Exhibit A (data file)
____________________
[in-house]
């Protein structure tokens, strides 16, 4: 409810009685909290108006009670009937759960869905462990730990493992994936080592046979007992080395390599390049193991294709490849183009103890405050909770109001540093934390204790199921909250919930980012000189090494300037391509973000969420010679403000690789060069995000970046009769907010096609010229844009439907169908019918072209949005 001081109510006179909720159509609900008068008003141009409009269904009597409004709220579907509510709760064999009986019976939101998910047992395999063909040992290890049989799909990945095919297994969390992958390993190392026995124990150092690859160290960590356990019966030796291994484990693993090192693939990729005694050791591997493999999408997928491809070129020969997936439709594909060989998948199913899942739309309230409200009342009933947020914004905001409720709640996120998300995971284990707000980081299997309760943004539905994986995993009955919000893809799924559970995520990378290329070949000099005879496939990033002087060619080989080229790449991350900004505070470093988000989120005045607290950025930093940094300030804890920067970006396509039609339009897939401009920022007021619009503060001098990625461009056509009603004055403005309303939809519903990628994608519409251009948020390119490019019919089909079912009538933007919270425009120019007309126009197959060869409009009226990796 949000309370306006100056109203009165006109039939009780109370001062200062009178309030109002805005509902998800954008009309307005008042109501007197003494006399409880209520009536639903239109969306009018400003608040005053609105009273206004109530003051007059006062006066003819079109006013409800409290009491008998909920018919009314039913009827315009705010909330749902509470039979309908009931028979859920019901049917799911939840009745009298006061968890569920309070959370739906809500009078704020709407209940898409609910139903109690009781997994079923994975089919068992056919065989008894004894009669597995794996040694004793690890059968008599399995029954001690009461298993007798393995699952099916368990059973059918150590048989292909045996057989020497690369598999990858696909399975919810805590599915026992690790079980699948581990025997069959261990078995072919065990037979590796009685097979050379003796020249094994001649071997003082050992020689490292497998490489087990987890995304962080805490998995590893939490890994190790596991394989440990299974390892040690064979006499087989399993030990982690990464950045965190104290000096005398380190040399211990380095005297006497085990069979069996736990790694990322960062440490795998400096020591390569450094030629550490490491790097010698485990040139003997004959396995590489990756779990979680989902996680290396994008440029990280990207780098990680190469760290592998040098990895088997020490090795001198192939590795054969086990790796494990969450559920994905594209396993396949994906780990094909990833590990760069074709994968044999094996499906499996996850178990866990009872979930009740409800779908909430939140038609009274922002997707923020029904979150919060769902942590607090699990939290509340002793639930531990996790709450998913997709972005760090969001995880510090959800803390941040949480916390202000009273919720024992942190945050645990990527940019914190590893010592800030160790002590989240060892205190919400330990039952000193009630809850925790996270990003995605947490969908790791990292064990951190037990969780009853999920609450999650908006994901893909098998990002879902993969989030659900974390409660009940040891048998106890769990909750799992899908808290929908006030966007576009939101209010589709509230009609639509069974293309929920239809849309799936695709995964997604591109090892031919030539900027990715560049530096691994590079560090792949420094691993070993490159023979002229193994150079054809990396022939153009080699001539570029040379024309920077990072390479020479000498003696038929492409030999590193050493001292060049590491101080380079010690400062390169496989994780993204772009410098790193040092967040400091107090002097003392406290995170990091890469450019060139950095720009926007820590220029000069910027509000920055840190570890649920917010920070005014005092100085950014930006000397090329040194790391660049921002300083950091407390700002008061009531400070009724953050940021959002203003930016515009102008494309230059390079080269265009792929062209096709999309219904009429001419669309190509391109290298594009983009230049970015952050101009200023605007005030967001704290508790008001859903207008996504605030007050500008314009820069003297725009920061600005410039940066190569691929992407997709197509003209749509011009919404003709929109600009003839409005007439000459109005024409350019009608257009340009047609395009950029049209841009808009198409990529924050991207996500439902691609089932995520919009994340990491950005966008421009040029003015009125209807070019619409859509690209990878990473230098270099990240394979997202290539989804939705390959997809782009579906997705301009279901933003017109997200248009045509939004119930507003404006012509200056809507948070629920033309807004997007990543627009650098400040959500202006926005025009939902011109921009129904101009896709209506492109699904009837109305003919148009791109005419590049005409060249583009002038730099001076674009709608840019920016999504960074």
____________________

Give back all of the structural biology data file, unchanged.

[in-house]
């Protein structure tokens, strides 16, 4: 409810009685909290108006009670009937759960869905462990730990493992994936080592046979007992080395390599390049193991294709490849183009103890405050909770109001540093934390204790199921909250919930980012000189090494300037391509973000969420010679403000690789060069995000970046009769907010096609010229844009439907169908019918072209949005 001081109510006179909720159509609900008068008003141009409009269904009597409004709220579907509510709760064999009986019976939101998910047992395999063909040992290890049989799909990945095919297994969390992958390993190392026995124990150092690859160290960590356990019966030796291994484990693993090192693939990729005694050791591997493999999408997928491809070129020969997936439709594909060989998948199913899942739309309230409200009342009933947020914004905001409720709640996120998300995971284990707000980081299997309760943004539905994986995993009955919000893809799924559970995520990378290329070949000099005879496939990033002087060619080989080229790449991350900004505070470093988000989120005045607290950025930093940094300030804890920067970006396509039609339009897939401009920022007021619009503060001098990625461009056509009603004055403005309303939809519903990628994608519409251009948020390119490019019919089909079912009538933007919270425009120019007309126009197959060869409009009226990796 949000309370306006100056109203009165006109039939009780109370001062200062009178309030109002805005509902998800954008009309307005008042109501007197003494006399409880209520009536639903239109969306009018400003608040005053609105009273206004109530003051007059006062006066003819079109006013409800409290009491008998909920018919009314039913009827315009705010909330749902509470039979309908009931028979859920019901049917799911939840009745009298006061968890569920309070959370739906809500009078704020709407209940898409609910139903109690009781997994079923994975089919068992056919065989008894004894009669597995794996040694004793690890059968008599399995029954001690009461298993007798393995699952099916368990059973059918150590048989292909045996057989020497690369598999990858696909399975919810805590599915026992690790079980699948581990025997069959261990078995072919065990037979590796009685097979050379003796020249094994001649071997003082050992020689490292497998490489087990987890995304962080805490998995590893939490890994190790596991394989440990299974390892040690064979006499087989399993030990982690990464950045965190104290000096005398380190040399211990380095005297006497085990069979069996736990790694990322960062440490795998400096020591390569450094030629550490490491790097010698485990040139003997004959396995590489990756779990979680989902996680290396994008440029990280990207780098990680190469760290592998040098990895088997020490090795001198192939590795054969086990790796494990969450559920994905594209396993396949994906780990094909990833590990760069074709994968044999094996499906499996996850178990866990009872979930009740409800779908909430939140038609009274922002997707923020029904979150919060769902942590607090699990939290509340002793639930531990996790709450998913997709972005760090969001995880510090959800803390941040949480916390202000009273919720024992942190945050645990990527940019914190590893010592800030160790002590989240060892205190919400330990039952000193009630809850925790996270990003995605947490969908790791990292064990951190037990969780009853999920609450999650908006994901893909098998990002879902993969989030659900974390409660009940040891048998106890769990909750799992899908808290929908006030966007576009939101209010589709509230009609639509069974293309929920239809849309799936695709995964997604591109090892031919030539900027990715560049530096691994590079560090792949420094691993070993490159023979002229193994150079054809990396022939153009080699001539570029040379024309920077990072390479020479000498003696038929492409030999590193050493001292060049590491101080380079010690400062390169496989994780993204772009410098790193040092967040400091107090002097003392406290995170990091890469450019060139950095720009926007820590220029000069910027509000920055840190570890649920917010920070005014005092100085950014930006000397090329040194790391660049921002300083950091407390700002008061009531400070009724953050940021959002203003930016515009102008494309230059390079080269265009792929062209096709999309219904009429001419669309190509391109290298594009983009230049970015952050101009200023605007005030967001704290508790008001859903207008996504605030007050500008314009820069003297725009920061600005410039940066190569691929992407997709197509003209749509011009919404003709929109600009003839409005007439000459109005024409350019009608257009340009047609395009950029049209841009808009198409990529924050991207996500439902691609089932995520919009994340990491950005966008421009040029003015009125209807070019619409859509690209990878990473230098270099990240394979997202290539989804939705390959997809782009579906997705301009279901933003017109997200248009045509939004119930507003404006012509200056809507948070629920033309807004997007990543627009650098400040959500202006926005025009939902011109921009129904101009896709209506492109699904009837109305003919148009791109005419590049005409060249583009002038730099001076674009709608840019920016999504960074």